able to present himself as he youngest mayoral candidate – this again caused some of us to wonder at the wisdom of a candidate who argued that it was time for Porirua to be led by a young person who presumably had inherent qualities the city needed.
The majority of voters endorsed this argument and declared their support for Mayor Nick.
Since that time the city has found itself identified with the Wellington Regional Council as being the two authorities actively pushing for a resolution of the supercity debate.
Many in the city were surprised to find Porirua going out on a limb. With an increasing uneasiness that the democratic will was being replaced by youthful enthusiasm we have silently gone along with Nick.
Though lacking substance we heard Nick declaring that the outcome of the Palmer Inquiry was not a foregone conclusion.
Then once the report was tabled we had the spectre of our Mayor Nick acting like a disc jockey and talking over a measured Lower Hutt Mayor on National Radio, having his photo strategically taken with Wellington Regional Council chairperson Fran Wilde, and surprise, surprise, Nick declaring that he was not ready to become Lord Mayor but in the meantime would want to be sole Porirua representative on the new regional body.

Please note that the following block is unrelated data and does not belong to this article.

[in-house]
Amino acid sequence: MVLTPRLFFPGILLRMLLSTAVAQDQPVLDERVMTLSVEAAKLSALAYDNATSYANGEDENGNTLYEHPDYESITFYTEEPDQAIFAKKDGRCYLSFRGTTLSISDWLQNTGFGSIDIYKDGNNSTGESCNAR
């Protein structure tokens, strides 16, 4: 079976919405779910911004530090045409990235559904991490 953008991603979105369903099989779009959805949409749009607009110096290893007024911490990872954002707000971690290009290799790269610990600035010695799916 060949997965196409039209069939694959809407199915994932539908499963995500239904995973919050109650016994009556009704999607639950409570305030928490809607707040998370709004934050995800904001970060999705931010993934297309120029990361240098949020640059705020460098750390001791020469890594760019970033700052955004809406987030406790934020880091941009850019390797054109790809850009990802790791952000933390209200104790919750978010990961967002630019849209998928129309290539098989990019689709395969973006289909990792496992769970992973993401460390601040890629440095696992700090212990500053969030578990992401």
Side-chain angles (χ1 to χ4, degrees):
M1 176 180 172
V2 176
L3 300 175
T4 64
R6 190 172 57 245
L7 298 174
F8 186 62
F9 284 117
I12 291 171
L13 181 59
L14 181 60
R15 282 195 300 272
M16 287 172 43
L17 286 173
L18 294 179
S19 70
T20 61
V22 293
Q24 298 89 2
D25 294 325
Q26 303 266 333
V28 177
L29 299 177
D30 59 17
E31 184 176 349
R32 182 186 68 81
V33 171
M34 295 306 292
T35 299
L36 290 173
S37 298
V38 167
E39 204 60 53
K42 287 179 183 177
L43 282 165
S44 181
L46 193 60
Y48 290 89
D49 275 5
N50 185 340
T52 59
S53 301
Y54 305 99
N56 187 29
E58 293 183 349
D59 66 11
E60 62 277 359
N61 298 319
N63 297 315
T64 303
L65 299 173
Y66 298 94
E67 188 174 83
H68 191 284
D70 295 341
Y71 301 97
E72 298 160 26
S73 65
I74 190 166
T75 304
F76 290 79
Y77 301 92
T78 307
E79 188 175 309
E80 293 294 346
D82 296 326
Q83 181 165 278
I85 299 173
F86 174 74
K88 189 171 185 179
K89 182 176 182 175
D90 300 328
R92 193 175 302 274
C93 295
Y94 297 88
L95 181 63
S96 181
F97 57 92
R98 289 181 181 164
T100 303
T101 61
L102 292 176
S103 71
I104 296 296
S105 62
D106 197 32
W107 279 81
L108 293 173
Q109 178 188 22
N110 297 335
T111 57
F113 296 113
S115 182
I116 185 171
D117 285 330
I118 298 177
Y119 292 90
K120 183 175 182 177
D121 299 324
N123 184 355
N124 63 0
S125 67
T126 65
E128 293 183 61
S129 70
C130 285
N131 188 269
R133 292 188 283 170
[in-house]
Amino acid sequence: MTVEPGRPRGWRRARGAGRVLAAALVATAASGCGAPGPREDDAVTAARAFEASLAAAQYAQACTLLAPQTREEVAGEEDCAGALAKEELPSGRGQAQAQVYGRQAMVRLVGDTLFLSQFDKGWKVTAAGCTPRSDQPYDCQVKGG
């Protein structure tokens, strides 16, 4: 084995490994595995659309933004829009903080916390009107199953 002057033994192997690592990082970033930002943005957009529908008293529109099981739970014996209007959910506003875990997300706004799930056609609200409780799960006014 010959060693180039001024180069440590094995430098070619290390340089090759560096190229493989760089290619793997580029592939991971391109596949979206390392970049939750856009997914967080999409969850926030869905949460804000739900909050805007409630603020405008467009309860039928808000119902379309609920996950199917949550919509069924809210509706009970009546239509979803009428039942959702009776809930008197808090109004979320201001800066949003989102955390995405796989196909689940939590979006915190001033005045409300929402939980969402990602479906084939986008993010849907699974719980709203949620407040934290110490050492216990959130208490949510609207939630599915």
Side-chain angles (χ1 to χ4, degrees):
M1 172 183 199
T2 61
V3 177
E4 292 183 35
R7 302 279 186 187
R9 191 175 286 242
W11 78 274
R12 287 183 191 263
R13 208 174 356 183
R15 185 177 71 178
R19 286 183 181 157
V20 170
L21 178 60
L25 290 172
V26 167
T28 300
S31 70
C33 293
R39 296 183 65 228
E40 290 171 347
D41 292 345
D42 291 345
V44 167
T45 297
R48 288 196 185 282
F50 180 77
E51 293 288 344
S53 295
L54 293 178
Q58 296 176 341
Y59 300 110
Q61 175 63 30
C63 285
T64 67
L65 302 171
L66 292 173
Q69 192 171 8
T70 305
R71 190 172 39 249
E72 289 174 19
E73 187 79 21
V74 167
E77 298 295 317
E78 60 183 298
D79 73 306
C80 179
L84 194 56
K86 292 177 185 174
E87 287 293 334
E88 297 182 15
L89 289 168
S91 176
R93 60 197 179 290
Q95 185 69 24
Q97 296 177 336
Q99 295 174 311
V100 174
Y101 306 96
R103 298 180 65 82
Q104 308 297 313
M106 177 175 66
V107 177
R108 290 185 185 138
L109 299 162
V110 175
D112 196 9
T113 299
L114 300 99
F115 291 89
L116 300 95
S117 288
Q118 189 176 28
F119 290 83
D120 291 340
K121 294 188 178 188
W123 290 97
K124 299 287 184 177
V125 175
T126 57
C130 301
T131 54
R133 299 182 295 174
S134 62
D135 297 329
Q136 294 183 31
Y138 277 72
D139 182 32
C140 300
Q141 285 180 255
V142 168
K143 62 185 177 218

I may be a sole voice when I say that we have in Mayor Nick a career politician for whom the mayoralty is a stepping stone up the political ladder. I have yet to be convinced that in Nick we have a leader. Editor,
One paramedic to cover the Kapiti Coast and Porirua from 10pm to 8am? [ Kapi-Mana News, October 30]
With no community consultation, the scheme is not a trial but a permanent move according to C&CDHB chief executive Mary Bonner. This is outrageous and a real smack in the face of the local community.
It will be a brave person indeed who takes on this job. The impact